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Clarion file photo
In this August 2, 2006 file photo steam rises from Agrium, a currently mothballed Nikiski fertilizer plant. State lawmakers are considering a bill that would extend state tax credits to the plant — though there has been no announcement that the plant will reopen.

Agrium now included in refinery tax credit bill pending in Juneau

Posted: April 16, 2014 - 4:12pm  |  Updated: April 16, 2014 - 5:02pm

JUNEAU – A bill extending state tax credits to oil refineries in the state has been expanded to include the Agrium Corp. fertilizer plant in Nikiski.

Tesoro Corp.’s refinery in Nikiski is also among the refineries that could benefit from House Bill 287, now in the House Rules committee. The bill would also extend Tesoro’s contract to purchase state royalty crude oil from the state.

Agrium is considering reopening its plant, which manufactured fertilizer and ammonia from natural gas until 2007. House Speaker Mike Chenault, R-Nikiski, proposed the amendment to add Agrium to HB 287 in a Rules committee meeting Wednesday morning.

The bill was originally introduced by Gov. Sean Parnell to grant Tesoro its extension to buy royalty oil.

PetroStar Inc., which operates two small refineries at North Pole, near Fairbanks, and at Valdez, asked the governor to support state incentives to aid in-state refineries, which are facing commercial challenges. The company, a subsidiary of Arctic Slope Regional Corp., is confronted by many of the same problems faced by Flint Hills Resources, operator of another refinery at North Pole, which has decided to close its refinery.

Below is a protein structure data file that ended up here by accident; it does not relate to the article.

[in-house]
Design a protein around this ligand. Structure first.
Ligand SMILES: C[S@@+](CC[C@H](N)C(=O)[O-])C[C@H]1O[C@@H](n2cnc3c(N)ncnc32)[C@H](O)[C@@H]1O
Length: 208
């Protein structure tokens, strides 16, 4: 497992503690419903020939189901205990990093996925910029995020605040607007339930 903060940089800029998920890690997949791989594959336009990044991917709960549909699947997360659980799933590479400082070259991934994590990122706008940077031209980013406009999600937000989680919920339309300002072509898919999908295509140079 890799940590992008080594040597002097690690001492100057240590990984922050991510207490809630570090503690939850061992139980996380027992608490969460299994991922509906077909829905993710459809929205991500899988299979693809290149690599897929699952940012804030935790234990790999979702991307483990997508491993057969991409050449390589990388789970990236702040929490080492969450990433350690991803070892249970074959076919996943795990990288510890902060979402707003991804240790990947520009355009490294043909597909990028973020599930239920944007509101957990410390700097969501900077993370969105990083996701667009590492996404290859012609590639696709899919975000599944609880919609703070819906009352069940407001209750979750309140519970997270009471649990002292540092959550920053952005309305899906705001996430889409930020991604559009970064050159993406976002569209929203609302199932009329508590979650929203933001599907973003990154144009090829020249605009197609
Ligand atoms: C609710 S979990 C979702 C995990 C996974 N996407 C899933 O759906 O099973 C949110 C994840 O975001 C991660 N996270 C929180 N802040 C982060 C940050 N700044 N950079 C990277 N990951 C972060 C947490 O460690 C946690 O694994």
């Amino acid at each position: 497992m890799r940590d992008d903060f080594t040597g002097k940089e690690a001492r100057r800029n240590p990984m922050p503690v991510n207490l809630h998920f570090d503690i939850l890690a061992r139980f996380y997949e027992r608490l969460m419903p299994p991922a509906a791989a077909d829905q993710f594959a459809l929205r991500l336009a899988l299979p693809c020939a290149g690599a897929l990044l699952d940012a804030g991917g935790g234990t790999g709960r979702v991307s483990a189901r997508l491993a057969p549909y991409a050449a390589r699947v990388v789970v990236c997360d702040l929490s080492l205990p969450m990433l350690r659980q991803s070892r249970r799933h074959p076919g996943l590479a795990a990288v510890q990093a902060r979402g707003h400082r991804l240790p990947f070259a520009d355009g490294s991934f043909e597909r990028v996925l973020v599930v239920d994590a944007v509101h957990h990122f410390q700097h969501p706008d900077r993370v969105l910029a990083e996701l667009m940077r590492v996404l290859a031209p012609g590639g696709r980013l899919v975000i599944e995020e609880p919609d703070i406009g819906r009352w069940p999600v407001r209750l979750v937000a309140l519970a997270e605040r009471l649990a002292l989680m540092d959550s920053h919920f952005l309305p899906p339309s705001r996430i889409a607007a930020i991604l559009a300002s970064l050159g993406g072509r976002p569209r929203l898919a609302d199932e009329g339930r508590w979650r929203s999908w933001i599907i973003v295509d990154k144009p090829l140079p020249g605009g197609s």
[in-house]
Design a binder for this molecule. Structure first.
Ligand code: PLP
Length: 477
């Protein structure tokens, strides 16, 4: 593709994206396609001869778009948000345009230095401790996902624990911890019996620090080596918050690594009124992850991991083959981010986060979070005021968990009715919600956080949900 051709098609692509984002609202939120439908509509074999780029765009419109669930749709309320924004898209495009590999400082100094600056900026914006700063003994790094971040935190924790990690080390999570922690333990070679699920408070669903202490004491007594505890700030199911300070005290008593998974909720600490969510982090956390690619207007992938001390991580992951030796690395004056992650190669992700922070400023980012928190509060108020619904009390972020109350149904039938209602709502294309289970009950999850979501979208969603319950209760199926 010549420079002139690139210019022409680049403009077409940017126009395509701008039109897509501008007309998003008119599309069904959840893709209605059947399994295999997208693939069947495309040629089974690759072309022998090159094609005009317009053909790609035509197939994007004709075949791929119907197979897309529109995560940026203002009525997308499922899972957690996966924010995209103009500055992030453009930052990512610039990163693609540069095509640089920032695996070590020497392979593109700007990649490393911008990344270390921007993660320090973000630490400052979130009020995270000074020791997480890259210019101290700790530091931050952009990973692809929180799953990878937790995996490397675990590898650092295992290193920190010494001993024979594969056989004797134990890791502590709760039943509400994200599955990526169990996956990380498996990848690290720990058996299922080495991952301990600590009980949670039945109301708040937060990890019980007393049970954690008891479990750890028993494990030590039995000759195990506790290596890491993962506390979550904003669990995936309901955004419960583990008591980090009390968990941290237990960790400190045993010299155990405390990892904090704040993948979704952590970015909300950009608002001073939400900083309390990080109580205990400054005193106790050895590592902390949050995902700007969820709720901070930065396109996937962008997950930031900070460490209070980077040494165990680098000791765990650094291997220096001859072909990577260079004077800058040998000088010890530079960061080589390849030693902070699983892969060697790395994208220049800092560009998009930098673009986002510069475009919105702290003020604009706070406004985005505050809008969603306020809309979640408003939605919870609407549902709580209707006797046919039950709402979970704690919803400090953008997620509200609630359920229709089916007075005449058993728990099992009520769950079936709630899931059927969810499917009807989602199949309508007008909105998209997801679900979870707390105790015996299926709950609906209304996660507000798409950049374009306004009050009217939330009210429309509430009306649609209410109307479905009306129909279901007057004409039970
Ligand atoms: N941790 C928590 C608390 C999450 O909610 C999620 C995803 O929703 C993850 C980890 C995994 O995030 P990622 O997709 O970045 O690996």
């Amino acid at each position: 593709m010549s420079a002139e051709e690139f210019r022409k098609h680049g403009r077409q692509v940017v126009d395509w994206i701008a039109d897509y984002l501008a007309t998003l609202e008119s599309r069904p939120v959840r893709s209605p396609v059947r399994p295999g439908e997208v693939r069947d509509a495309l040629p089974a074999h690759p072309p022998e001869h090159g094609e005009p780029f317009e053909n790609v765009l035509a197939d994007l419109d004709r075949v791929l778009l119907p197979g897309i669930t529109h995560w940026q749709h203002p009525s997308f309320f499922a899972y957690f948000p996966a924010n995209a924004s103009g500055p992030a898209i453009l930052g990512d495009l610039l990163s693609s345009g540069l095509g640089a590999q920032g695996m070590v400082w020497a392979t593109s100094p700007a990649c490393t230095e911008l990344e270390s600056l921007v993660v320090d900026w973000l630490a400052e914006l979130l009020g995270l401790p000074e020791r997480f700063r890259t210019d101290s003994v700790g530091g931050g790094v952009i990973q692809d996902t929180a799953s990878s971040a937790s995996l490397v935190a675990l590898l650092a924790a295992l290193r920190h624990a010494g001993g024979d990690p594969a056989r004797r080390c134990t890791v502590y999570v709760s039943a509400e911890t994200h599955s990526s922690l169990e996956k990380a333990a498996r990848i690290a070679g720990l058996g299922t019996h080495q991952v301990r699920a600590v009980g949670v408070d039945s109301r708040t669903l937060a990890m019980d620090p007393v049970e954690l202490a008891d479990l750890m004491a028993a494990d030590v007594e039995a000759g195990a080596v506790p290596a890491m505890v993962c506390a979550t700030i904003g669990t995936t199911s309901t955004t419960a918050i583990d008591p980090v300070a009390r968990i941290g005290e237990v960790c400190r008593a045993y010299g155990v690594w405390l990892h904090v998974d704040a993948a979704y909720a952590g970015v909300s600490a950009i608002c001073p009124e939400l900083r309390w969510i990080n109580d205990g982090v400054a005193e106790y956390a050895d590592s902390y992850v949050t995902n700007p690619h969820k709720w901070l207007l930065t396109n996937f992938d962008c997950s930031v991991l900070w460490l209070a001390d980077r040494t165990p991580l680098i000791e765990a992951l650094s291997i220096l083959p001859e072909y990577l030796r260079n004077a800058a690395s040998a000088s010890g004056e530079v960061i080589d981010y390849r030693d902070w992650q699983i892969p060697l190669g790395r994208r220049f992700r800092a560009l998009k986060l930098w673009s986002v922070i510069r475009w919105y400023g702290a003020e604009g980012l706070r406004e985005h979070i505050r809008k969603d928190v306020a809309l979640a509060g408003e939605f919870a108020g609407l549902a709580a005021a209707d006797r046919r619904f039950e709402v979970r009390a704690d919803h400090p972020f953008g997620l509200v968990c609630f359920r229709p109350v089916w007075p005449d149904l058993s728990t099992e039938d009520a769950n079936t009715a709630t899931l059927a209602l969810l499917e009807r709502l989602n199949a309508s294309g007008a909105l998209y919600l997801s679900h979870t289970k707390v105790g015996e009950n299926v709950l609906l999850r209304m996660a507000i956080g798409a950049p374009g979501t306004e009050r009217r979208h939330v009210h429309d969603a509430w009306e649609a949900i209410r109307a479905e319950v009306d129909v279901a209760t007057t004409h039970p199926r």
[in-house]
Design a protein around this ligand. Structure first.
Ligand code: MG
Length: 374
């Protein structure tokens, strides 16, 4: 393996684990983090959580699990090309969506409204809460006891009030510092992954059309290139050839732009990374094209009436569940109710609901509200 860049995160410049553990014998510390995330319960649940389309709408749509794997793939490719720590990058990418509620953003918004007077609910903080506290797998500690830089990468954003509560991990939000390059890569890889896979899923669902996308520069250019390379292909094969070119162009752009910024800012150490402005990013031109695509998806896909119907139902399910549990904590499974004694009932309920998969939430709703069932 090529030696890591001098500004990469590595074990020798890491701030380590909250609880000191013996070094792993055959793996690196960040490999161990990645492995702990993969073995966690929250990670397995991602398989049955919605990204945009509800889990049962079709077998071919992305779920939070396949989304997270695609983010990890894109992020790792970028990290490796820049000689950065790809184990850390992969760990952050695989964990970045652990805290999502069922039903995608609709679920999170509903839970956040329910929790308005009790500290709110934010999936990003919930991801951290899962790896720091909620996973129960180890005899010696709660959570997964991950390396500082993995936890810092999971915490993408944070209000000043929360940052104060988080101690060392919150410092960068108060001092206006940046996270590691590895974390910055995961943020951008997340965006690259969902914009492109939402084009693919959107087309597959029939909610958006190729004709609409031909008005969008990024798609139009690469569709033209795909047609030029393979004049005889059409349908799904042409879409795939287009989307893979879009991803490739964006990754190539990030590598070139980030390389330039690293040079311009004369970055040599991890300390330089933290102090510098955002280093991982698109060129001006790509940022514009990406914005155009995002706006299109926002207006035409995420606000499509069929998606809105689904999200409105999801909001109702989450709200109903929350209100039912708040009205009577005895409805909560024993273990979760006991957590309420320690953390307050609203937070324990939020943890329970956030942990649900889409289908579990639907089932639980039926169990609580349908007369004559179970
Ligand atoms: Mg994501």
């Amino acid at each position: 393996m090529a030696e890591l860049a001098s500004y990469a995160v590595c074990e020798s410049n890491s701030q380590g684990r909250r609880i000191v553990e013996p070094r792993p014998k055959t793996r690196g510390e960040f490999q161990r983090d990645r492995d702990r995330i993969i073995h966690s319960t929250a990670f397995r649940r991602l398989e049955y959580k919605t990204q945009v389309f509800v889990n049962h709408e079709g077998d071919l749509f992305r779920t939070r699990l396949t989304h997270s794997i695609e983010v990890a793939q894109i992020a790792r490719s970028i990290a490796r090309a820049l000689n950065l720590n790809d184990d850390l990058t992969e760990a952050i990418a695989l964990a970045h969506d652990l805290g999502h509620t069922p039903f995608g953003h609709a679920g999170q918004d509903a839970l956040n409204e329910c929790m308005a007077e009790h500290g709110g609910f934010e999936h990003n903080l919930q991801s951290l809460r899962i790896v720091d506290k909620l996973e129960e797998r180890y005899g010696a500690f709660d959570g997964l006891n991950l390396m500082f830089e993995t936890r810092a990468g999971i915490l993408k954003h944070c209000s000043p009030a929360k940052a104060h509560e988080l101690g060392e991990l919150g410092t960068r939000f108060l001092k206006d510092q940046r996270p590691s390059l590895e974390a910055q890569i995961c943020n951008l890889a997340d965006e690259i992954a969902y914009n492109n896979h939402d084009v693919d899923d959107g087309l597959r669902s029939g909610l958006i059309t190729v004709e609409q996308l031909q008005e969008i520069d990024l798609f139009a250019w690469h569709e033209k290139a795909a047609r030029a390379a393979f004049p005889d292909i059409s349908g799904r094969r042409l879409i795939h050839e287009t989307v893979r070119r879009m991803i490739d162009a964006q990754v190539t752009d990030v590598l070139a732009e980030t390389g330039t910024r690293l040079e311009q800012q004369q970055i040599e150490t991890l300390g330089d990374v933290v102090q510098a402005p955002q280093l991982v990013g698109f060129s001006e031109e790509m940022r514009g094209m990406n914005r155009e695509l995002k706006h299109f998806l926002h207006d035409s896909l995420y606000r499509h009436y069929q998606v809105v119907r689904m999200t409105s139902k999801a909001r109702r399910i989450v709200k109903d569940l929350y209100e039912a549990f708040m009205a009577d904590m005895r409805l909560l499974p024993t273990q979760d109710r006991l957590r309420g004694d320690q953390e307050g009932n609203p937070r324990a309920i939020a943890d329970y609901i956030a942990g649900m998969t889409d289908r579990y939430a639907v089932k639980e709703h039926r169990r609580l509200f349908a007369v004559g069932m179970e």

Parnell agreed to support incentives, in the form of tax credits and a provision to encourage producers to sell oil to in-state refineries, and supported the language being added to the Tesoro royalty oil bill, which has been in the House Finance committee.

The committee felt the tax credit proposals were too generous, however, and scaled them back.

Parnell at first proposed a tax credit for refined products that are produced by in-state refineries based on the volumes of products produced, in effect an operating subsidy.

That was removed by the House Finance Committee but a second part of the incentive proposal, a 10 percent refinery investment tax credit, was increased to 40 percent.

PetroStar said the tax credits would help it in financing capital improvements that would make its two refineries more competitive, but it is not clear that the new scaled-back proposal is enough to help the company.

The two PetroStar refineries face difficulties, the company said, because of high crude oil prices and payments that must be made to the Quality Bank, a mechanism that compensates companies that ship oil through the Trans Alaska Pipeline, as well as the state of Alaska, for any degradation of the quality of oil in the pipeline.

The two PetroStar refineries face economic difficulties because of high crude oil prices and because payments must be made to the Quality Bank, a mechanism that compensates companies that ship oil through the Trans-Alaska Pipeline System, as well as the State of Alaska, for any degradation of the quality of oil in the pipeline.
PetroStar takes crude oil from TAPS and removes parts of the oil to make jet fuel, diesel and other products, and returns the unused part of the crude oil, which has less value, to the pipeline.